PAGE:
Justin said...

Ah yes, defensive medicine at its finest. I suppose the ob section of medicine practices defensive medicine in hyperparanoid mode (that's one rung above ultraparanoid, and one small step below paranoid schizophrenia). The AMA stamp is likely to avoid problems should you decide to sue them if your kids can't color inside the lines--clearly, the hospital's fault!

Let me know how you like the Tori shows! Just don't listen to the version of "Cruel" (from Chicago) around Bean! (That version totally trumps the rather calm album version.) The words on "Professional Widow" are muffled so you can't really hear them unless you already know them.

Coffeegrl said...

Crazy. I'm so glad that to hear that all' well that ends well. I often have the feeling (when we're here in Japan) that the doctors care too much about things that just don't worry me. I appreciate their concern but often it's things that a doc in the US wouldn't think twice about. What to do? Go with the gut I say. It sounds like you guys did absolutely the right thing although one always wishes that the medical system worked more efficiently no??

Jamie said...

I am glad you listened to your feelings and went to the doctor, even though the experience was poor. I did hospitalized bedrest for 5 days (also the longest I've been away from my son) and it was awful. However, don't ignore those feelings.

I am glad your trip went well overall.

We have a part-time nanny so I can attempt to work.You will definitely benefit from the extra hands. I about throw up every week when I pay her (can't say that on my blog - she reads it) but I do need the help. I also recommend a housekeeper if you can afford it. We can't right now and I wish desperately that we could. Accept any and all help. Meals are also a big deal -- if you can freeze things + do so. If your friends will bring meals, have someone coordinate a rotation (we had just moved -- all friends/family 3 hours away). Ask for gift certificates for food, cleaning, diapers, as gifts.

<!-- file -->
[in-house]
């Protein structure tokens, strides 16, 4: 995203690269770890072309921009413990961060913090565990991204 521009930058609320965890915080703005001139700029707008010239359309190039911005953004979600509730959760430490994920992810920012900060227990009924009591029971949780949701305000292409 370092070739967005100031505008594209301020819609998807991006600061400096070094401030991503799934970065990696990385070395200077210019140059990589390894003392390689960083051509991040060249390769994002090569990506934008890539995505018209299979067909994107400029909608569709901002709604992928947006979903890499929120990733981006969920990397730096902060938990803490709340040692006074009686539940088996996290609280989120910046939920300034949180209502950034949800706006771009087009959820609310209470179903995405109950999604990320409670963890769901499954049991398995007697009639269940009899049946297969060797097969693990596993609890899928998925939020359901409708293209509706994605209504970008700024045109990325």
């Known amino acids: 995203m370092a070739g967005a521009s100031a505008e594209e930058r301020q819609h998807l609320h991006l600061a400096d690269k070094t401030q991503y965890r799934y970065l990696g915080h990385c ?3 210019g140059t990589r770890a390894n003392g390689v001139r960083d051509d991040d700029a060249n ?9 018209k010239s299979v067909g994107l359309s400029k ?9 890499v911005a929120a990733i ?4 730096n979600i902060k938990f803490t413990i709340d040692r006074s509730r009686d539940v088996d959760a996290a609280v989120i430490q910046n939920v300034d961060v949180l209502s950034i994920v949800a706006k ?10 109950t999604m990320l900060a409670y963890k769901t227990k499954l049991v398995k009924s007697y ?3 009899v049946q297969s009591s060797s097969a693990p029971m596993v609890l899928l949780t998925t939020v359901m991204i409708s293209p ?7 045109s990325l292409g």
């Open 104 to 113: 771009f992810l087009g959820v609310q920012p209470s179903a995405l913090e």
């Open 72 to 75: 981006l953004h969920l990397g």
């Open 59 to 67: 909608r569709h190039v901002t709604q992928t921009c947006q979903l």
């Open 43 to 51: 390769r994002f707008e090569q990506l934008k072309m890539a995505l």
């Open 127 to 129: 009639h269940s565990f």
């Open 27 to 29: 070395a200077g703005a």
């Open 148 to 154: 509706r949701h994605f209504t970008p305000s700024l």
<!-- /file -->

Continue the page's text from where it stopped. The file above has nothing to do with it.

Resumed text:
WiseGuy said...

Happy 2010!

Wow, the way it unfolded, it really was a good mood-buster...but tell you what, knowing how great Bean handled himself was so good....and that you and the babies are ok is so fantastic too....

Welcome back to the warmth and familiarity of your own bed!

Anonymous said...

Rest! I am glad you are alright.
Happy new year.

Martha said...

Welcome Home and I am so sorry for the stress of these hospitalizations. Best Wishes for a completely uneventful rest of your pregnancy.
Happy New Year to you and yours for a GREAT 2010.

Eve said...

What an adventure! Yup, your experience is my worst fear of going to an unfamiliar hospital. I'm on the opposite end now, in and out of L&D at the 'bad boy' hospital for big-time high risk pg patients, and they are almost a little laissez-faire for my taste at times.

I'm so glad you made it home and sorry that your dang cervix is shortening. I think it's SOOOO weird that I can contract like a mad women and have almost NO cervical change, and you don't have an IU and ARE having cervical change.

Sounds like you had a GREAT visit with fam though and made some great plans for bedrest. My mom is coming up for a week in January, and her announcement of this brought me to tears!

Keep those babies cooking!!!!!

IF Optimist, then... said...

Yikes! Going to the hospital saga was sooooo frustrating, even as an outside observer. Glad to know that the babies are doing fine and that Bean had a great time with his family. Hope that you will make sure to put your feet up and rest from time to time now that you are home. Big hugs and happy wishes for 2010.

Foster Family Blog said...

I'm so sorry the hospital visit was so horrible, but SO glad you're ok! On a totally different note, we got an SLR camera, too. I ADORE it, but also only know a limited amount about it. Oh well - lots to learn! Happy new year! Stay healthy!

Alana said...

Cracking me up with the weed smoking babies-in-speedos visual. Too funny!

Sorry for SO much time spent in the hospital, but glad you and the babies are still healthy and well.

Happy New Year! :)

Shelley said...

Wow, that sounds like quite an adventure! I'm glad to hear that you survived and that everything turned out to be okay.

Welcome home and I hope the next several weeks are uneventful!

Mrs. Gamgee said...

First up... a very happy new year to you, your DH, the Bean and your two precious ones!

Second... it sounds like you had a good trip (right up until the hospital fiasco), and it's great that you have some options in case bed rest becomes and issue.